Orient Heights (MBTA station)
The newly reopened station in November 2013
|Location||1000 Bennington Street
East Boston, Massachusetts
|Owned by||Massachusetts Bay Transportation Authority|
|Platforms||2 side platforms|
|Parking||434 spaces ($5.00 fee)
2 accessible spaces
|Bicycle facilities||8 spaces|
January 5, 1952 (rapid transit)
|Rebuilt||March 23 - November 26, 2013|
|Passengers (2013)||2,833 (weekday average boardings; may be affected by 2013 closure)|
Orient Heights is a rapid transit station on the MBTA Blue Line located off Bennington Street in East Boston, Massachusetts. Formerly a Boston, Revere Beach and Lynn Railroad station under various names from 1875 to 1940, it reopened in 1952. The 1952-built station was closed in March 2013 for a complete rebuilding to provide full handicapped accessibility and reopened on November 26, 2013.
Orient Heights station is the primary rapid transit connection for the Orient Heights neighborhood of East Boston, as well as for Winthrop. It also serves as a bus transfer station, with three routes connecting Winthrop and Orient Heights. Orient Heights Yard, the main Blue Line yard, branches off the main line just north of the station. Because of the proximity, Blue Line employees report to work at Orient Heights station.
The narrow gauge Boston, Revere Beach and Lynn Railroad (BRB&L) opened from East Boston to Lynn on July 29, 1875. The BRB&L opened with Orient station, located north of the intersection of Bennington and Saratoga Street. It was soon replaced with Winthrop station located closer to Saratoga Street.
The station was renamed as Winthrop Junction in 1877 when the Boston, Winthrop, and Point Shirley Railroad opened to Winthrop Center, and again as Orient Heights in April 1892. The station was the transfer point between the main line and the Winthrop Center branch during its short operation from 1877 to 1885, and between the main line and the Winthrop Loop after the latter's 1888 opening.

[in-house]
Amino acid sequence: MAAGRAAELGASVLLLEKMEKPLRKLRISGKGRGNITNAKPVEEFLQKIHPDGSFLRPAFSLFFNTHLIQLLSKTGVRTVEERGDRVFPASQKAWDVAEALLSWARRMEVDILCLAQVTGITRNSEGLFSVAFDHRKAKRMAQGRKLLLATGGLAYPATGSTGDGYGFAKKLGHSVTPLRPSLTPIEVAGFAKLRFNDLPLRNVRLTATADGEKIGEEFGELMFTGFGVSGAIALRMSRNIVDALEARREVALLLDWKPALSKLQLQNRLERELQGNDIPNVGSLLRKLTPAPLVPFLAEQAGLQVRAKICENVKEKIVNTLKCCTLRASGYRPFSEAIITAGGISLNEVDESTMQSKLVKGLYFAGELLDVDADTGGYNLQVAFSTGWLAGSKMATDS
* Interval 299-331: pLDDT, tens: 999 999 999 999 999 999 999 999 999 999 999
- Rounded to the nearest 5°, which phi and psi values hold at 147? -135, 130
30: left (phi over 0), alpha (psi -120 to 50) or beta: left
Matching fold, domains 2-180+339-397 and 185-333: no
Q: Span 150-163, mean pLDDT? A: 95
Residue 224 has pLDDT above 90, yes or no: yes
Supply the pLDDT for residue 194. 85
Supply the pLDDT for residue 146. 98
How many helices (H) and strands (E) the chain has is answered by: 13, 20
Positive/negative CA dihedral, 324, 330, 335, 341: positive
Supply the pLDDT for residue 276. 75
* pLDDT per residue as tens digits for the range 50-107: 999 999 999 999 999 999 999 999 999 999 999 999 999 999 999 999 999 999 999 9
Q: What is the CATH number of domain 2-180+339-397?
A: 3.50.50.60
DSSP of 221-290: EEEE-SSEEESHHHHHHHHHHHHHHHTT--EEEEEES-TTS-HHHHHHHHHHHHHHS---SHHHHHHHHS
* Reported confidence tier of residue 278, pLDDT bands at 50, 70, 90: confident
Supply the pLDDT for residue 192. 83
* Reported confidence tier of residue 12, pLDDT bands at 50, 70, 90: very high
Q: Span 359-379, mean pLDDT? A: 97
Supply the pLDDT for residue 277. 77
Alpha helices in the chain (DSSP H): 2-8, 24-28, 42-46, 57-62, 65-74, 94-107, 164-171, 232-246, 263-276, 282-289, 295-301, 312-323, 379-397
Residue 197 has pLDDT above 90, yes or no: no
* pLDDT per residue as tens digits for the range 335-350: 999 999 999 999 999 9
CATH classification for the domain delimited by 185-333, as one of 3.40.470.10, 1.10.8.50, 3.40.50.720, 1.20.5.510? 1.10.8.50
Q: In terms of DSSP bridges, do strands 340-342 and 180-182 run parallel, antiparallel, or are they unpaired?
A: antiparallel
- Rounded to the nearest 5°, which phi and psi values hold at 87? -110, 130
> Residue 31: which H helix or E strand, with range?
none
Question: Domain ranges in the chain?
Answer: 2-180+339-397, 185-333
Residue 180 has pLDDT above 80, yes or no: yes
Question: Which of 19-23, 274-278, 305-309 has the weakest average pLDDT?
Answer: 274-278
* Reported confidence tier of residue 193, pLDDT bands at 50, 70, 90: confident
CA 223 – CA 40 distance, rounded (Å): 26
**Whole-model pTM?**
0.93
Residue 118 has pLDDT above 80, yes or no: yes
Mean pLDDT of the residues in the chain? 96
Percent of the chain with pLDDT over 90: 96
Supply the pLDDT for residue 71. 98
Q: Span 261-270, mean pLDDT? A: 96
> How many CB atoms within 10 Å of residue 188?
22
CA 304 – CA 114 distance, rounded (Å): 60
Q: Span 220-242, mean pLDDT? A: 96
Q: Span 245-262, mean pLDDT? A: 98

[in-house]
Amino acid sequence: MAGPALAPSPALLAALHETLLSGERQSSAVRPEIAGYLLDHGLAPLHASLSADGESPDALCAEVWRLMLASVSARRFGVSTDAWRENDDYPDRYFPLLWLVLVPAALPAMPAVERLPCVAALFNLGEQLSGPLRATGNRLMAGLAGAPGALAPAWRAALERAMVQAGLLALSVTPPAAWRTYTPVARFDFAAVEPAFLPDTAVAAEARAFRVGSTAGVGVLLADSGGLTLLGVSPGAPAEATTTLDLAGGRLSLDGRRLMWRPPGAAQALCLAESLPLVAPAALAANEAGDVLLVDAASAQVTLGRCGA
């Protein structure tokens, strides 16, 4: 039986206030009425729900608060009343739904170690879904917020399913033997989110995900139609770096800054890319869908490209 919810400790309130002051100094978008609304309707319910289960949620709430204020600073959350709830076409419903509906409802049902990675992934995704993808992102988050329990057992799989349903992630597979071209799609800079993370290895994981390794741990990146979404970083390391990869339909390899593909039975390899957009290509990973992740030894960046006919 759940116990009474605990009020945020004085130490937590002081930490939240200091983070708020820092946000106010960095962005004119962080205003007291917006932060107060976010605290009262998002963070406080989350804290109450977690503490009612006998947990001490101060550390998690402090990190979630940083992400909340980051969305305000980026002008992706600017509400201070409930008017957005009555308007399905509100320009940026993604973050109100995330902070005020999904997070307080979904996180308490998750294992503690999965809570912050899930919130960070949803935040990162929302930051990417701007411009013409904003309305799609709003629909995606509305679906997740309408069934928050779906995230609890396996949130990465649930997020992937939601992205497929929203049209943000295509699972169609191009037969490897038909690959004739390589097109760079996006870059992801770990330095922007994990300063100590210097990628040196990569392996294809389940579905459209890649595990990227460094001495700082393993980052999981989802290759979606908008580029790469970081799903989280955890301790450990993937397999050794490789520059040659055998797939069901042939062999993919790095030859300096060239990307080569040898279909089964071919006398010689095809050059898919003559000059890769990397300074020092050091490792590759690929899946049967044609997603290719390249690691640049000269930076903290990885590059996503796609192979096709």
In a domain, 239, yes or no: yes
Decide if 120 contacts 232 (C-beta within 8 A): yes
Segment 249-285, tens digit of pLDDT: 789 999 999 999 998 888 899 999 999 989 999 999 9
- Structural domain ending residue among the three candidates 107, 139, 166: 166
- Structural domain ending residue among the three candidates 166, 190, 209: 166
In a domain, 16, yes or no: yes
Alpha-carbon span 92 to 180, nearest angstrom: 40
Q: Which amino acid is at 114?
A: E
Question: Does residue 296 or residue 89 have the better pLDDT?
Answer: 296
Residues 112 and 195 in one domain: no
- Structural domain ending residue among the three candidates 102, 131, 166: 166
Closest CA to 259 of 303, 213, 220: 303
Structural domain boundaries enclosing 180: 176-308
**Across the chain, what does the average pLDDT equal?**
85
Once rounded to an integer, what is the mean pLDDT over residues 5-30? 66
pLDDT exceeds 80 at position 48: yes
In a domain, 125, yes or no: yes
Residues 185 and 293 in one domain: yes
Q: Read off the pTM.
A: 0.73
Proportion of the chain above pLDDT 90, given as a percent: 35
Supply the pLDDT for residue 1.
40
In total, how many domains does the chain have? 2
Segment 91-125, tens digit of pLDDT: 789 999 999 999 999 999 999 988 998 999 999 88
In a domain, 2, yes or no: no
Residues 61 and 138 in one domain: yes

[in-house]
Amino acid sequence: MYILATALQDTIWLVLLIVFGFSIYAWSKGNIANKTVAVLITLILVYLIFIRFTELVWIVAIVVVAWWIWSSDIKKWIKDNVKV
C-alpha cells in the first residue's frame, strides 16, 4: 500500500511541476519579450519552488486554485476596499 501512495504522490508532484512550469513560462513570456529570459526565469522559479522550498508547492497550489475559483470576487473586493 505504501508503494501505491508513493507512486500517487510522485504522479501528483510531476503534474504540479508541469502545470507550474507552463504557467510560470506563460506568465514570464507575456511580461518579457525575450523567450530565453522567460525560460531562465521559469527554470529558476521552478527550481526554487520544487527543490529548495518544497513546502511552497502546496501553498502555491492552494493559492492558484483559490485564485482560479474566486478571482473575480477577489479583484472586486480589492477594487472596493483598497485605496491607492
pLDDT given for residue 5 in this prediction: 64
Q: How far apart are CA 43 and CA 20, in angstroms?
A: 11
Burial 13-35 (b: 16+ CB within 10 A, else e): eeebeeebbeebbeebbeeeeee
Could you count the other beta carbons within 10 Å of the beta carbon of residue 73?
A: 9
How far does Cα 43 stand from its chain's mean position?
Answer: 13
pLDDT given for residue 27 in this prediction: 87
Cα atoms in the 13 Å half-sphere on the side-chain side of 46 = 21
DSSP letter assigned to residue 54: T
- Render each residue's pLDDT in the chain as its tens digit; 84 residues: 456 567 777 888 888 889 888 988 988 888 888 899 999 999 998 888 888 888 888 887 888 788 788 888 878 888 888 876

In 1941, the Boston Elevated Railway bought the BRB&L right of way from Day Square to Revere Beach for use as a high-speed trolley line similar to the Ashmont-Mattapan High Speed Line; these plans were delayed by the onset of World War II. However, the 1926 Report on Improved Transportation Facilities and 1945–47 Coolidge Commission Report recommended that the East Boston Tunnel line, which had been converted to rapid transit from streetcars in 1924, be extended to Lynn via the BBRB&L route rather than using it for a trolley line.
In 1947, the newly formed Metropolitan Transit Authority (M.T.A.) decided to build to Lynn as a rapid transit line, and construction began in October 1948. The first part of the Revere Extension opened to Orient Heights on January 5, 1952, with intermediate stations at Airport Station and Day Square. The station was the terminus of the line until April 21, 1952, when Suffolk Downs station opened. Until September 1972, some trains terminated at Orient Heights rather than Wonderland to provide more frequent service on the inner part of the line.
During temporary construction and track work on the outer section of the line and during severe weather conditions, Orient Heights is sometimes used as the terminus, as its busways can accommodate the replacement bus service. From June 25, 1994 to June 24, 1995, Orient Heights was the terminus at all times to permit reconstruction of the outer stations as part of the Blue Line Modernization Program.
Until 2012, Orient Heights was the only Blue Line station in East Boston that had not yet been fully rebuilt (since its 1952 opening) for better accessibility. (The only others on the line were Government Center and Bowdoin, both in downtown Boston). Due to this distinction, until then it was the last remaining station in the MBTA that still had a 1967 system map, which showed the Charlestown and Washington Street Elevateds on the Orange Line and the Green Line "A" Branch. The station was literally falling apart, with the sagging platforms held up by 2x4s.